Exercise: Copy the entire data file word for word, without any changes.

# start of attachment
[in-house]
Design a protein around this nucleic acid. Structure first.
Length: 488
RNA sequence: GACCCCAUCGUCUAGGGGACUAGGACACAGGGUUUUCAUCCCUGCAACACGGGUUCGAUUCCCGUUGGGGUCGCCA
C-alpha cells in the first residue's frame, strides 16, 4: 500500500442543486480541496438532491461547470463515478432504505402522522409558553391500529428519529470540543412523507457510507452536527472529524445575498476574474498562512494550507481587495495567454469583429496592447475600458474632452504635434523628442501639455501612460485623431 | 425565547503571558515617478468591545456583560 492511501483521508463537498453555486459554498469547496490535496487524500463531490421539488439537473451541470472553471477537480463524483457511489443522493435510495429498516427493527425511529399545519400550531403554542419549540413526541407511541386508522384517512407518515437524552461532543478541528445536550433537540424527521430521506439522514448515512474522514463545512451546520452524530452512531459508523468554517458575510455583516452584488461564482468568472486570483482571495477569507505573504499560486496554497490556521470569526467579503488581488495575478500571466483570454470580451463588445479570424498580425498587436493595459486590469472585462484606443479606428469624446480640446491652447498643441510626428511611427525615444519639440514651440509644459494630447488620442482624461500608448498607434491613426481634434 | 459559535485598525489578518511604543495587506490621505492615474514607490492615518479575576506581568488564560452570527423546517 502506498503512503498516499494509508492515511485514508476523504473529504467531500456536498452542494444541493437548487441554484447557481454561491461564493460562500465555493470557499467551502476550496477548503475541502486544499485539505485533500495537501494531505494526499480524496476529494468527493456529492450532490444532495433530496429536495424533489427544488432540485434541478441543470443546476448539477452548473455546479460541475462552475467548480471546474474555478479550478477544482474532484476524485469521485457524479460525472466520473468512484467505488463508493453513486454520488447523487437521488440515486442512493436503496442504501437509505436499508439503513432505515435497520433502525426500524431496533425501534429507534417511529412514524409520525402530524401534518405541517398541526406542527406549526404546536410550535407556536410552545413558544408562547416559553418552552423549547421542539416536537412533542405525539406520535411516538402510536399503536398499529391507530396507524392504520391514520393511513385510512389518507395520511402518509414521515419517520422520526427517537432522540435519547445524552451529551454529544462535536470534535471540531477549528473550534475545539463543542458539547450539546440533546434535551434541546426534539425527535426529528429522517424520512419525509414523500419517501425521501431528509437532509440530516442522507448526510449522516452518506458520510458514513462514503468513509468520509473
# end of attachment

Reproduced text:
[in-house]
Design a protein around this nucleic acid. Structure first.
Length: 488
RNA sequence: GACCCCAUCGUCUAGGGGACUAGGACACAGGGUUUUCAUCCCUGCAACACGGGUUCGAUUCCCGUUGGGGUCGCCA
C-alpha cells in the first residue's frame, strides 16, 4: 500500500442543486480541496438532491461547470463515478432504505402522522409558553391500529428519529470540543412523507457510507452536527472529524445575498476574474498562512494550507481587495495567454469583429496592447475600458474632452504635434523628442501639455501612460485623431 | 425565547503571558515617478468591545456583560 492511501483521508463537498453555486459554498469547496490535496487524500463531490421539488439537473451541470472553471477537480463524483457511489443522493435510495429498516427493527425511529399545519400550531403554542419549540413526541407511541386508522384517512407518515437524552461532543478541528445536550433537540424527521430521506439522514448515512474522514463545512451546520452524530452512531459508523468554517458575510455583516452584488461564482468568472486570483482571495477569507505573504499560486496554497490556521470569526467579503488581488495575478500571466483570454470580451463588445479570424498580425498587436493595459486590469472585462484606443479606428469624446480640446491652447498643441510626428511611427525615444519639440514651440509644459494630447488620442482624461500608448498607434491613426481634434 | 459559535485598525489578518511604543495587506490621505492615474514607490492615518479575576506581568488564560452570527423546517 502506498503512503498516499494509508492515511485514508476523504473529504467531500456536498452542494444541493437548487441554484447557481454561491461564493460562500465555493470557499467551502476550496477548503475541502486544499485539505485533500495537501494531505494526499480524496476529494468527493456529492450532490444532495433530496429536495424533489427544488432540485434541478441543470443546476448539477452548473455546479460541475462552475467548480471546474474555478479550478477544482474532484476524485469521485457524479460525472466520473468512484467505488463508493453513486454520488447523487437521488440515486442512493436503496442504501437509505436499508439503513432505515435497520433502525426500524431496533425501534429507534417511529412514524409520525402530524401534518405541517398541526406542527406549526404546536410550535407556536410552545413558544408562547416559553418552552423549547421542539416536537412533542405525539406520535411516538402510536399503536398499529391507530396507524392504520391514520393511513385510512389518507395520511402518509414521515419517520422520526427517537432522540435519547445524552451529551454529544462535536470534535471540531477549528473550534475545539463543542458539547450539546440533546434535551434541546426534539425527535426529528429522517424520512419525509414523500419517501425521501431528509437532509440530516442522507448526510449522516452518506458520510458514513462514503468513509468520509473